Disappointingly, there will be no advice on suitable insurance products. A shocking number of claimants from 2011 found themselves uninsured so some clarity about products is needed. Claire Kober, the rather impressive leader of Haringey Council, pointed to some businesses which were difficult to value. A local jeweller experienced fluctuating stock value as the price of precious metals changed. Gold prices had soared, leaving the stock significantly under insured when the riots took place.

In producing the new guidelines, the insurers would also consult the Cabinet Office.

The last word went to Deputy Mayor Kit Malthouse. He told us that disasters would continue to affect London but that it was difficult to predict their nature - be it floods, terrorist acts, or riots. A degree of flexibility and a willingness to work with the private sector and local communities will always be essential in such a large and diverse city.

Tuesday, November 20, 2012

Cleaning Up Elm Park

On Sunday I joined volunteers along with local councillors Barry Oddy and John Wood, for a litter picking session in Elm Park. The morning was supervised by Cllr Barry Tebbutt, cabinet member for highways, and the Leader of the council Michael White also came along to lend a hand.

We planted new flower beds outside the station and cleared up a huge pile of beer cans and bottles which people had thoughtlessly thrown over a fence onto waste land.

The day was a great success and built on the volunteering spirit fostered by the Olympics. This is a version of the Big Society that everyone can get behind. The exercise will be repeated in other town centres in Havering.

Tuesday, November 13, 2012

Olympic Transport

This morning's transport committee  heard evidence from TfL and the railway companies. The subject was the transport legacy resulting from the Olympics. Obviously a £7 billion capital spend has left valuable infrastructure but we were even more interested to hear if lessons had been learned and procedures improved.

The Javelin Service from St Pancras to Stratford was still running, without the distinctive name and incorporated into commuter routes serving Kent and the South East. Six trains per hour stop at Stratford International and the demand will be kept under review as Olympic venues reopen and residential sites are developed.

Eurostar is more of a disappointment, with the trains flying through the station without stopping. Furthermore there are no plans to introduce a Eurostar service. Darren Johnson felt that the name 'Stratford International' was fraudulent as no international services were available. Perhaps the station should change its name - 'Stratford Westfield' would create a sponsorship opportunity...

Maintenance had also improved, with Network Rail using a helicopter to identify faults along the main line. This has proved so successful that a second helicopter is on order and engineering work is being targeted to reduce disruption.

Opportunities to move goods trains outside the capital are also being sought. A surprising 28% of goods traffic passes through Stratford on route from the East Coast ports. More of this is being sent via Felixstowe and Nuneaton, leaving spare slots to run more commuter trains into Liverpool Street.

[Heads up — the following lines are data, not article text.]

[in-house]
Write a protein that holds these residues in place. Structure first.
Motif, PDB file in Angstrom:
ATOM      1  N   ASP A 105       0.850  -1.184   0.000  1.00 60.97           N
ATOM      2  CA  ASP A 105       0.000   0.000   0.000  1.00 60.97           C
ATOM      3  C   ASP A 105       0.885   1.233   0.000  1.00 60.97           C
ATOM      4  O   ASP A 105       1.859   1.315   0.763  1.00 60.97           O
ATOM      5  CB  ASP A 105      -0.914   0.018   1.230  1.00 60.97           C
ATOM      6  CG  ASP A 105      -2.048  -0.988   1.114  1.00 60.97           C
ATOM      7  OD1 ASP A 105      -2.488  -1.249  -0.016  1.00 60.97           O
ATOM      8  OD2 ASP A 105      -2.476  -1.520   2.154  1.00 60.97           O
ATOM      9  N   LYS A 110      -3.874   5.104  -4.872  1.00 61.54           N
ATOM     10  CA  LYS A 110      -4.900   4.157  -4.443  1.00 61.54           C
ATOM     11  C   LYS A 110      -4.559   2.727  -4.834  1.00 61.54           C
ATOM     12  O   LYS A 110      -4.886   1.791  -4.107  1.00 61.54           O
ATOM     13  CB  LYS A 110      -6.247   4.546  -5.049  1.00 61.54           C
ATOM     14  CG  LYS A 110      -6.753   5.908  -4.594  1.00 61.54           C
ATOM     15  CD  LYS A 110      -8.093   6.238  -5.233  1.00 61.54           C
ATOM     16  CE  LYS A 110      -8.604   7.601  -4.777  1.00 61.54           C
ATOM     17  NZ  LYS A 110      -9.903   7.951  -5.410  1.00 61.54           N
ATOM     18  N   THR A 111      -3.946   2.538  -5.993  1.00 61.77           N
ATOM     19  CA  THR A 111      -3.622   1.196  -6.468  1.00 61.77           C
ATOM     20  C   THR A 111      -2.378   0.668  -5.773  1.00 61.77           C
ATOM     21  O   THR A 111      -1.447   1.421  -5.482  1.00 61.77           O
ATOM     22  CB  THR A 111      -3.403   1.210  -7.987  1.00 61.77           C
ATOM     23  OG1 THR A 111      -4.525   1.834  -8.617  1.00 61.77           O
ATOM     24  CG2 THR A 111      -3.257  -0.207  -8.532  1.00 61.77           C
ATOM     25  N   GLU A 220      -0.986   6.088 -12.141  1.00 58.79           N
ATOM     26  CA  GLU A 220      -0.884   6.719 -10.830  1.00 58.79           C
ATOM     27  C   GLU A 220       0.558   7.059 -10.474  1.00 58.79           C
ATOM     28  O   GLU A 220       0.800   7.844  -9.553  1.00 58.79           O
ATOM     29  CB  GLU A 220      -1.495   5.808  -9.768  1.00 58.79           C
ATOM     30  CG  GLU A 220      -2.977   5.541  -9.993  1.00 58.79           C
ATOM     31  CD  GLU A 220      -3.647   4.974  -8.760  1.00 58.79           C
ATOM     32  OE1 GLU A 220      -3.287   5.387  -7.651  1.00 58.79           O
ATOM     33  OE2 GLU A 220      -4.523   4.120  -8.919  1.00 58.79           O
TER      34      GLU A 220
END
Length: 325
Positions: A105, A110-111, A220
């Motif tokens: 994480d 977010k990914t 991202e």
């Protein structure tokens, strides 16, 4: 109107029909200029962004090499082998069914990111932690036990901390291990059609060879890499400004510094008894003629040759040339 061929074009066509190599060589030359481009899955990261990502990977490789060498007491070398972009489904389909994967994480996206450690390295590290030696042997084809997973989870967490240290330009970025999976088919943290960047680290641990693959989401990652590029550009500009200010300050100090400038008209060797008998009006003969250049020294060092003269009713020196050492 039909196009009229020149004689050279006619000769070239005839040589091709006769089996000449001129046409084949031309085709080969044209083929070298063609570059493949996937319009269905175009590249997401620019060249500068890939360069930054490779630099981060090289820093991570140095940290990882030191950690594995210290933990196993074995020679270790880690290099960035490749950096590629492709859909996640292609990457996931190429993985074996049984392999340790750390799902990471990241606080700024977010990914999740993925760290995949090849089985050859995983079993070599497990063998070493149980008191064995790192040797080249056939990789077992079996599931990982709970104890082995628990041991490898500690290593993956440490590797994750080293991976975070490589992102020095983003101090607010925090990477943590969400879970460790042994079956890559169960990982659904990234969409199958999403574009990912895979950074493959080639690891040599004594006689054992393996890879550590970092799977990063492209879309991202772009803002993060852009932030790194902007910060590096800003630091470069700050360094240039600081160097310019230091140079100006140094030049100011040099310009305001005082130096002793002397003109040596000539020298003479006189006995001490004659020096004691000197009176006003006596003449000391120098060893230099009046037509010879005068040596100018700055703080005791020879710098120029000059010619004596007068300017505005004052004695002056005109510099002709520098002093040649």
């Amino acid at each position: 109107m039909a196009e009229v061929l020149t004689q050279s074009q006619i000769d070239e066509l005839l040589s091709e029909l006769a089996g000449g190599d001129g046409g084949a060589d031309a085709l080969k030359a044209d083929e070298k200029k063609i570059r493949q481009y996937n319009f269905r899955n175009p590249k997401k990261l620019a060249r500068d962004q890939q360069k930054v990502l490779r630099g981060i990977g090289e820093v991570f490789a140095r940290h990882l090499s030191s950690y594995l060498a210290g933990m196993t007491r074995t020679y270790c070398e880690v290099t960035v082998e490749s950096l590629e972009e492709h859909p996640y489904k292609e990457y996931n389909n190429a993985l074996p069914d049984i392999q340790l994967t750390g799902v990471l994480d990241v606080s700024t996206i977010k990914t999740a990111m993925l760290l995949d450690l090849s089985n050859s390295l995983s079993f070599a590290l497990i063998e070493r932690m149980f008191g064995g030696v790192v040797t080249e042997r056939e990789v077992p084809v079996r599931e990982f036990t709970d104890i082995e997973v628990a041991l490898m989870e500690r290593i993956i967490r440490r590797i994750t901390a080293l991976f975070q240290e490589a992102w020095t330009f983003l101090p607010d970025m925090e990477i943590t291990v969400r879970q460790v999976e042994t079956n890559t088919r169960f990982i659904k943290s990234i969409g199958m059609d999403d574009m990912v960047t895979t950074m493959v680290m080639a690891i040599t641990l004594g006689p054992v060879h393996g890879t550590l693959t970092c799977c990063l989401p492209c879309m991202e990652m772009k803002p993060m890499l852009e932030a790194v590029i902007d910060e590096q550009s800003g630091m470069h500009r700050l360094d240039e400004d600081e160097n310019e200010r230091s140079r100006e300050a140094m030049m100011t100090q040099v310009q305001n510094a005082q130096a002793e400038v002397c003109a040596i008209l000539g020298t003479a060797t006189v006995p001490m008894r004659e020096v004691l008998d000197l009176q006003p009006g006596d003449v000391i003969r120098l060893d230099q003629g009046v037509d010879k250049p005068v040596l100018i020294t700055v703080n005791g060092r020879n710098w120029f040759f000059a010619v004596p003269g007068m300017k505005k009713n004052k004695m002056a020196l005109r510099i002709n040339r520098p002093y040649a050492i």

Monday, November 12, 2012


On Sunday I joined Cllr Ted Griffin and a group of residents for their service at Hainault. The memorial here is only a couple of years old but it is respected and kept in good condition. The crowd of around thirty included veterans of the Second World War and teenagers - all generations were represented at a touching service which had all the meaning of the larger services elsewhere in the constituency.

In the afternoon I returned to Romford for the service at the synagogue. The small building was packed with guests including the Leader of the Council and the MPs for Romford and Hornchurch & Upminster. With the hostilities in Afghanistan continuing, these services have struck a chord with many people who have friends or relatives serving there. My cousin's son, Joseph, has been there with the RAF. We remember those who will not return and pray for the safety of our forces around the world.  

Wednesday, November 07, 2012

OIympic Legacy

This morning the London Legacy Development Corporation appeared before the budget committee to lay out their plans for the Olympic site. This is currently closed to the public to enable removal of some venues and reconstruction of others. We were told that the reopening timetable is as follows:

December 2012 - the Greenway will reopen providing a walking corridor through the site, linking Hackney Wick and Stratford.

July 2013 - the North Park will reopen along with the 'Copper Box' venue which will host indoor sporting facilities.

Christmas 2013 - the iconic Velodrome will reopen.

April 2014 - the swimming pool will reopen minus the two wings of temporary seating installed for the games.

At that point only the Stadium will remain closed to the public.

Away from the venues, five large sites are to be developed for housing, creating an estimated 7,000 new homes. Expected receipts from sales will be around £1.1 billion, and the first plans for the Chobham Manor site are now under way. The athletes' village will provide another 2,800 homes when refitting is complete. The LLDC expect high demand to drive property values up, allowing them to provide high quality homes.